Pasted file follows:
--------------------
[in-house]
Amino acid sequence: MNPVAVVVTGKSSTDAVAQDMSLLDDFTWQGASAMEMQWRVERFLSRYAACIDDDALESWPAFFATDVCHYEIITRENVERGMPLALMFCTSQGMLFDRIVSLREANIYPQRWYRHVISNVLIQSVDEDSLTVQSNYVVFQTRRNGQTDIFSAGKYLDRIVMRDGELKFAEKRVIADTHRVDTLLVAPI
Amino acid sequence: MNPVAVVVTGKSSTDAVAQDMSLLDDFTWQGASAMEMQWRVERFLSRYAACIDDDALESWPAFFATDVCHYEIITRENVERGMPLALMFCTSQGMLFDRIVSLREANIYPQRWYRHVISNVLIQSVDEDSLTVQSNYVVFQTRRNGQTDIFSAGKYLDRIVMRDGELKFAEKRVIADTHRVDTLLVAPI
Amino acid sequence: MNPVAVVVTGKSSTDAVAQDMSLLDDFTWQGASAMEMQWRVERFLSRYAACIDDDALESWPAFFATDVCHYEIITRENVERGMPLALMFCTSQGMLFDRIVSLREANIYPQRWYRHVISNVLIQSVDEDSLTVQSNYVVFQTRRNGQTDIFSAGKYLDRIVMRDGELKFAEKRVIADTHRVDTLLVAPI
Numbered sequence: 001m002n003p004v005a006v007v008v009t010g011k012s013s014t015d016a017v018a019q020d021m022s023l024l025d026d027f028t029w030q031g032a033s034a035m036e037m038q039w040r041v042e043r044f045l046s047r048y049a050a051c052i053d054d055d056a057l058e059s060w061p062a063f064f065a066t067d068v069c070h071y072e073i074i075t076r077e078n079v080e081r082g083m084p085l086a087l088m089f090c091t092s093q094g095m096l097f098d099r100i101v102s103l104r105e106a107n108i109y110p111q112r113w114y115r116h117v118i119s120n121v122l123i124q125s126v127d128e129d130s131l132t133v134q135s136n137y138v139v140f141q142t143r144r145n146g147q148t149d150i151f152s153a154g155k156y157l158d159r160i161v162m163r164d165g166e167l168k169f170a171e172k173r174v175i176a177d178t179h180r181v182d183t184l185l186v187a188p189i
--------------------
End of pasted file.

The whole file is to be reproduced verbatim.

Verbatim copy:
[in-house]
Amino acid sequence: MNPVAVVVTGKSSTDAVAQDMSLLDDFTWQGASAMEMQWRVERFLSRYAACIDDDALESWPAFFATDVCHYEIITRENVERGMPLALMFCTSQGMLFDRIVSLREANIYPQRWYRHVISNVLIQSVDEDSLTVQSNYVVFQTRRNGQTDIFSAGKYLDRIVMRDGELKFAEKRVIADTHRVDTLLVAPI
Amino acid sequence: MNPVAVVVTGKSSTDAVAQDMSLLDDFTWQGASAMEMQWRVERFLSRYAACIDDDALESWPAFFATDVCHYEIITRENVERGMPLALMFCTSQGMLFDRIVSLREANIYPQRWYRHVISNVLIQSVDEDSLTVQSNYVVFQTRRNGQTDIFSAGKYLDRIVMRDGELKFAEKRVIADTHRVDTLLVAPI
Amino acid sequence: MNPVAVVVTGKSSTDAVAQDMSLLDDFTWQGASAMEMQWRVERFLSRYAACIDDDALESWPAFFATDVCHYEIITRENVERGMPLALMFCTSQGMLFDRIVSLREANIYPQRWYRHVISNVLIQSVDEDSLTVQSNYVVFQTRRNGQTDIFSAGKYLDRIVMRDGELKFAEKRVIADTHRVDTLLVAPI
Numbered sequence: 001m002n003p004v005a006v007v008v009t010g011k012s013s014t015d016a017v018a019q020d021m022s023l024l025d026d027f028t029w030q031g032a033s034a035m036e037m038q039w040r041v042e043r044f045l046s047r048y049a050a051c052i053d054d055d056a057l058e059s060w061p062a063f064f065a066t067d068v069c070h071y072e073i074i075t076r077e078n079v080e081r082g083m084p085l086a087l088m089f090c091t092s093q094g095m096l097f098d099r100i101v102s103l104r105e106a107n108i109y110p111q112r113w114y115r116h117v118i119s120n121v122l123i124q125s126v127d128e129d130s131l132t133v134q135s136n137y138v139v140f141q142t143r144r145n146g147q148t149d150i151f152s153a154g155k156y157l158d159r160i161v162m163r164d165g166e167l168k169f170a171e172k173r174v175i176a177d178t179h180r181v182d183t184l185l186v187a188p189i